My Little Pony: Friendship Is Magic is THE biggest example of this phenomenon today. A show about magical cartoon ponies that go on adventures and learn about friendship has more teenaged and adult fans than child fans. While there are tons of shows with unlikely fandoms (some of which are listed here), you'd be hard pressed to find a Periphery Demographic more well known or vocal than the Bronies. Even the writers, animators, and staff are aware of how prominent they are and have even had episodes, jokes, and characters that cater to them.
Sadly, despite the large demographic, this hasn't prevented male viewers open about their love of the show from being bullied for liking a "girl's show", as when an 11-year old boy tried to commit suicide when other students harassed him and called him gay because of his open passion for the program.
Cartoon Network is all about the Periphery Demographic. Recognizing this was what led them to create [adult swim] in 2001. Most Cartoon Network originals have scored a healthy Periphery Demographic, but just to name a few:
Ed, Edd n Eddy has a large following among kids, teens, and adults as the show is more or less a reflection of the audience's real-world childhoods (as the audience probably has dealt with a-hole older brothers, scheming friends, bratty younger siblings, sleazy girls who will stop at nothing to make you their boyfriends/future husbands, Funny Foreigner exchange program kids, and weirdos who have inanimate objects for friends).
The small but vocal Time Squad fandom is mostly composed of teen/20-something-year-old fans who remember the show as children and finally see all the Ho Yay, innuendo, and assorted parental bonuses, or those who were old enough to see the Ho Yay, innuendo, and assorted parental bonuses when it first came on in 2001.
Teen Titans: The show really treads the line on Periphery Demographics, with tongue-in-cheek call outs to comic book plots and characters along the lines of obfuscating Robin's identity via episodes with characters like Red X and Larry, and of course "Control Freak" is pretty much a shout out and/or back-handed compliment to fanboys everywhere.
Young Justice: It's a show about teenagers for a young demographic, but the plotlines and characters are of a quality found in most pay cable dramas. It's a common feature of Greg Weisman shows, see Gargoyles below.
MAD has earned some older fans because of their references to movies and shows targeted towards teenagers and adults, their tendency to make jokes that feel naughtier than expected for children, and their connections to MAD (even though the show is said to be a redone version of the FOX show MADtv).
Courage the Cowardly Dog seemed to have developed a following of teenagers as well as adults, mostly because kids can't watch some of the more scary content stuck in some episodes.
Johnny Bravo: 95% of the humor flies right over the heads of children and/or isn't considered appropriate for kids to start with. Add to that its premise ("A Casanova Wannabe who sounds like Elvis Presley tries and fails at scoring with women") and the fact that this was one of Seth MacFarlane's projects before Family Guy (in fact, Seth did a lot of kids' shows before he was hired by FOX to do Family Guy, American Dad!, and The Cleveland Show) and you start to wonder whether Cartoon Network really intended this to be for kids (they didn't, but this was pre-[adult swim] era Cartoon Network, where the only adult things they had on the channel were old classic cartoon shorts, Space Ghost Coast to Coast, most of the anime they showed at the time note even if it was toned down to kids' show levels, The Flintstonesnote since that was considered the first primetime animated show), and, in its really early days, Wait Till Your Father Gets Home (which, back in the 1970s, was best described as All in the Family if it were animated —- and, these days, is seen as a prototypical version of The Simpsons and/or Family Guy).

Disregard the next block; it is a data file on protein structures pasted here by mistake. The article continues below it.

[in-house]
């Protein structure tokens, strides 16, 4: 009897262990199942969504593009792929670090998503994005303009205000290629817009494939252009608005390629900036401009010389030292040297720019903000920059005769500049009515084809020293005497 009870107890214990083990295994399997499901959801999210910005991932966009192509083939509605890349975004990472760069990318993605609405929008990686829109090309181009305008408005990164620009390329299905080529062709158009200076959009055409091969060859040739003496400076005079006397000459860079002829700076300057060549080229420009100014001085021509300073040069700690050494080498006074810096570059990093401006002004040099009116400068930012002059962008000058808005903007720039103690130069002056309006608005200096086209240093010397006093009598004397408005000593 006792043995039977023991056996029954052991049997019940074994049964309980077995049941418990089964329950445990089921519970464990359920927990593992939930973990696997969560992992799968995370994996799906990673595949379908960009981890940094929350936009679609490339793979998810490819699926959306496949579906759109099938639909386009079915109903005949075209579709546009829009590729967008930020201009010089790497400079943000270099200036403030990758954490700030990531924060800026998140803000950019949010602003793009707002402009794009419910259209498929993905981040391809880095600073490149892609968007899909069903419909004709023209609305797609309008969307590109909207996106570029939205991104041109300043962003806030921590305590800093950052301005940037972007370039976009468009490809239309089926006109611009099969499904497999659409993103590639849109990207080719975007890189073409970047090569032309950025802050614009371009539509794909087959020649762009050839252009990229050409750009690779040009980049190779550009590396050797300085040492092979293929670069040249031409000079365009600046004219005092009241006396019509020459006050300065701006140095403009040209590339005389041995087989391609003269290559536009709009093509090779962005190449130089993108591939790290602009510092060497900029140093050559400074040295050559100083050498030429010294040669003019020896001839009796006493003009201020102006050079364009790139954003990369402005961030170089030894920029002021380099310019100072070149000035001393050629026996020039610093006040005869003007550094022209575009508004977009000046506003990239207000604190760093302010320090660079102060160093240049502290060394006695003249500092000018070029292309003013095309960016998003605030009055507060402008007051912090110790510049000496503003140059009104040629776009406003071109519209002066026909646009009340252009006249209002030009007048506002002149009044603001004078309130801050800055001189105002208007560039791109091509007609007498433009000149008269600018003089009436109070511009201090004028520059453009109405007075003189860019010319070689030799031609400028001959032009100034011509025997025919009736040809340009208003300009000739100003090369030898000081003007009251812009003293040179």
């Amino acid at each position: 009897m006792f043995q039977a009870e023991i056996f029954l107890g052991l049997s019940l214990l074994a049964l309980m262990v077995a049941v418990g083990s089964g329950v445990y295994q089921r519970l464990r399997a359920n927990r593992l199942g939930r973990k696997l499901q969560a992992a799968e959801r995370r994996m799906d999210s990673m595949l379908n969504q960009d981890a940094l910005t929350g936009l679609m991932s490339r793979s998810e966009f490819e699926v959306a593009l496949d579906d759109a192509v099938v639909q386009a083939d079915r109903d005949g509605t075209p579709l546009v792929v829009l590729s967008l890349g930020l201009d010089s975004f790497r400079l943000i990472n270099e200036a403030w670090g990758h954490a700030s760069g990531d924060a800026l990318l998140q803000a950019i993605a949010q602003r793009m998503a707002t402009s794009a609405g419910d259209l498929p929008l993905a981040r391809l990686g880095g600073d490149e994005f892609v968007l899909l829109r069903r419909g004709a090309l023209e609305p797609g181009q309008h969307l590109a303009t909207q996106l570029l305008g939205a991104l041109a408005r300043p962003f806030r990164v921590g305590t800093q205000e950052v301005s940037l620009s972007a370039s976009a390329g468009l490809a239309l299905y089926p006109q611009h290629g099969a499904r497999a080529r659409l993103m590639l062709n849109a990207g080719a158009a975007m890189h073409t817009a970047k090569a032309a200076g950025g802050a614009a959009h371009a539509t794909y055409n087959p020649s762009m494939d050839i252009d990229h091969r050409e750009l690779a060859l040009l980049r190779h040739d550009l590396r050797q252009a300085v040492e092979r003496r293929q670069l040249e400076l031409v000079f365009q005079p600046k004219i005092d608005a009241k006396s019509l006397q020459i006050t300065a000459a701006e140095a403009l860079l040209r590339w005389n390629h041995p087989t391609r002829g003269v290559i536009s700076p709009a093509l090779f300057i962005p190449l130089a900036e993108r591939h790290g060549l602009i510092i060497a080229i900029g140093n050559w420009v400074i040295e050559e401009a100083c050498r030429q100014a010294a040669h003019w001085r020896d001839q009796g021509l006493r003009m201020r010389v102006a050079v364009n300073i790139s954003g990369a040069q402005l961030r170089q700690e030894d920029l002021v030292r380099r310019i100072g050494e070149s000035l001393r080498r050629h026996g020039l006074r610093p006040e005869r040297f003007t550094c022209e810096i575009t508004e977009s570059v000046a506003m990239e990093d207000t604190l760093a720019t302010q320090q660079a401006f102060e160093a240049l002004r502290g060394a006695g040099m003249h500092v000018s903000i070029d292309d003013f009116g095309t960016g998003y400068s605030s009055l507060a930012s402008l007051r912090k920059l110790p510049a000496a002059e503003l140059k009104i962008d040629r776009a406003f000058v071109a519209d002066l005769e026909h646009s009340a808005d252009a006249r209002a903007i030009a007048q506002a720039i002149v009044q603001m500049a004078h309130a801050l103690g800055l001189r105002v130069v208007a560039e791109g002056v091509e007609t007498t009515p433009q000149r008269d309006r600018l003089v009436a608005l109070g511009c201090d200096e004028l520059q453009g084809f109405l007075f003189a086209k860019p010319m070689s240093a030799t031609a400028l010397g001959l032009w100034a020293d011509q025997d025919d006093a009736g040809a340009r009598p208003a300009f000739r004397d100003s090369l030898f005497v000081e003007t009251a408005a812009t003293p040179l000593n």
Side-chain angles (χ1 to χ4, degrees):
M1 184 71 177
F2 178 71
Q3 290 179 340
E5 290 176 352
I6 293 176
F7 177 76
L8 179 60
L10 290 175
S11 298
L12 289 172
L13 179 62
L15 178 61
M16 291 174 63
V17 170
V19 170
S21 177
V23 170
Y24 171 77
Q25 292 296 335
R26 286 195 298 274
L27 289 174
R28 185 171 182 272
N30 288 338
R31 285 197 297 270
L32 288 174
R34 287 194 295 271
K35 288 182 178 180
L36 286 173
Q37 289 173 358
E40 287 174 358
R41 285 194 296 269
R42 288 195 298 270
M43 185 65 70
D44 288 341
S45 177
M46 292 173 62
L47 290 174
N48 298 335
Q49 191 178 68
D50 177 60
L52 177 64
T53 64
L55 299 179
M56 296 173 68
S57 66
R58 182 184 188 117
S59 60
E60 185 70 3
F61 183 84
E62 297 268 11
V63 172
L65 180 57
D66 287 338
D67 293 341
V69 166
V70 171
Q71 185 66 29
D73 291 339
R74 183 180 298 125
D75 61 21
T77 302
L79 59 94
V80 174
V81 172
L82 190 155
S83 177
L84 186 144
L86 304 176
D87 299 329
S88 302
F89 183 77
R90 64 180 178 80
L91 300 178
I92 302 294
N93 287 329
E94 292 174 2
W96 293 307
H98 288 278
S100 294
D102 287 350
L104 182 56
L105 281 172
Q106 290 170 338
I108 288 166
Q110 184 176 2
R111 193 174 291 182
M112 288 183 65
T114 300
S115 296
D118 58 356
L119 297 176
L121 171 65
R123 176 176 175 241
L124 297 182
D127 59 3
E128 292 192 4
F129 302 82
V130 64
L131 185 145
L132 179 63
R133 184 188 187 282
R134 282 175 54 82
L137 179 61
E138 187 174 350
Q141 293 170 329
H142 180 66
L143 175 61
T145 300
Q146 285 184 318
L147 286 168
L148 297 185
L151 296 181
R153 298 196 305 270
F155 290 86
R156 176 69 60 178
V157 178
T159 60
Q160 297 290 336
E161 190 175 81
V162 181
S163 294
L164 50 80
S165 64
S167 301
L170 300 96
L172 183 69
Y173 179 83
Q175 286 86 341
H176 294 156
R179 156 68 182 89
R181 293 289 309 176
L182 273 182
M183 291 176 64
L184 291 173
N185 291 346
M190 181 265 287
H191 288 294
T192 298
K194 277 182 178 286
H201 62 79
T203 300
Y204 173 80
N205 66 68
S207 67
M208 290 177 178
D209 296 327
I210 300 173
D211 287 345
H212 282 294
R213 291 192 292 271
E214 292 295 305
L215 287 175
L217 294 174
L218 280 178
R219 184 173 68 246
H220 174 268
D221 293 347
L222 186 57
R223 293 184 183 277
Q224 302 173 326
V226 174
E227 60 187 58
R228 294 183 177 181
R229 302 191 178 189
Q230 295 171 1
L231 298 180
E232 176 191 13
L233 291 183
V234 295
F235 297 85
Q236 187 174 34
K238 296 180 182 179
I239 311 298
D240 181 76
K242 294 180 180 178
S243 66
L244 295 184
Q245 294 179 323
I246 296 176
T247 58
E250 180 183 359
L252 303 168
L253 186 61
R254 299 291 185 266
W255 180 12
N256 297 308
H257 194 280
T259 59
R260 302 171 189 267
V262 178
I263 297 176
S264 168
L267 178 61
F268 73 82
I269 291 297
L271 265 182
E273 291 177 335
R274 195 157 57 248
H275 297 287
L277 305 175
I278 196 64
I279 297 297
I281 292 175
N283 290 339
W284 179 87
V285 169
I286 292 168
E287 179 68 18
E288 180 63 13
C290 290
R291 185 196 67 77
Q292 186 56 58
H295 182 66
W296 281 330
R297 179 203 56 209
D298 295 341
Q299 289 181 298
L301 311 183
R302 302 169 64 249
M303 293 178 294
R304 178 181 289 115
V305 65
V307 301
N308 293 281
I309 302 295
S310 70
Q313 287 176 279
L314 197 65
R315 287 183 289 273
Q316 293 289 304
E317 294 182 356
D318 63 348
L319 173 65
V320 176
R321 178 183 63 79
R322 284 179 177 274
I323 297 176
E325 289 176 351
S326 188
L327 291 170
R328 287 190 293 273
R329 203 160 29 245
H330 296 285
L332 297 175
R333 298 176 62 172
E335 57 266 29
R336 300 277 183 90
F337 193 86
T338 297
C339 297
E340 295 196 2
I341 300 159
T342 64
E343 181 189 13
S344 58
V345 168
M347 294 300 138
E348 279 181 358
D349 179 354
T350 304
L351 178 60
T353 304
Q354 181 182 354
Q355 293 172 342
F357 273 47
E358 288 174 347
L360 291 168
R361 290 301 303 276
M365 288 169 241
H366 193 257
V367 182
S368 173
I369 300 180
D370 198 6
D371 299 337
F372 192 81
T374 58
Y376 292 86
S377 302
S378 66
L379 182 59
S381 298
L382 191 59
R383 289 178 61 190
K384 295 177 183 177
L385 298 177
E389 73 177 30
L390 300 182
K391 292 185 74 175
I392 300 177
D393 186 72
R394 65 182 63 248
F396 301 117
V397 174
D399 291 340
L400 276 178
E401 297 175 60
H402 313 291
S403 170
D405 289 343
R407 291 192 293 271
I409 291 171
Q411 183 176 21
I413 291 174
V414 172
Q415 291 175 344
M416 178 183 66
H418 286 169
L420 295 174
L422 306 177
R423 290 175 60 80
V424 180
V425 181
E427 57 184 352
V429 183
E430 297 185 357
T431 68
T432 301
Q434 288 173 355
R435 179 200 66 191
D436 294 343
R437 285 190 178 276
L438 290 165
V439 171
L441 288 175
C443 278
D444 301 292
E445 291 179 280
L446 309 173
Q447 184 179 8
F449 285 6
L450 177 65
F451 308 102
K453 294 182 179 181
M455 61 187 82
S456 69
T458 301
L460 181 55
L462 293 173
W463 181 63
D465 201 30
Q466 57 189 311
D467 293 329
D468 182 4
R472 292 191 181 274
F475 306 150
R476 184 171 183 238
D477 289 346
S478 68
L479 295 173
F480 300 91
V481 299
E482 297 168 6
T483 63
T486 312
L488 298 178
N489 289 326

For some odd reason, the show also has many fans who are toddlers, due to tons merchandise aimed for toddlers, and the fact that it airs immediately after the Nick Jr. block. Several studies (and Nickelodeon themselves) have proven that the show is not for toddlers.
The Ren & Stimpy Show was originally rated as U (all ages) or TV-Y7 for those in America, but the users of the commonsensemedia.com website rated it to be suitable for viewers above 13 years of age, due to its disturbing imagery (as provided by John Kricfalusi) and gross-out humor. The show is very popular among adult animation nerds.
Avatar: The Last Airbender is a bit of a subversion. The idea was pitched to other networks before Nickelodeon picked it up. It was never exclusively meant for children in the beginning.
The same can be said about Sequel SeriesThe Legend of Korra. To put it in perspective, the 1-hour series premiere had a 1.01 adults 18-49 rating out of its 4.5 million viewers, and another episode had almost 4.1 million total and a 1.13 adults 18-49 rating. Teenagers are also loving it as well, to the point where it's scheduled to start airing on Degrassi-loving TeenNick!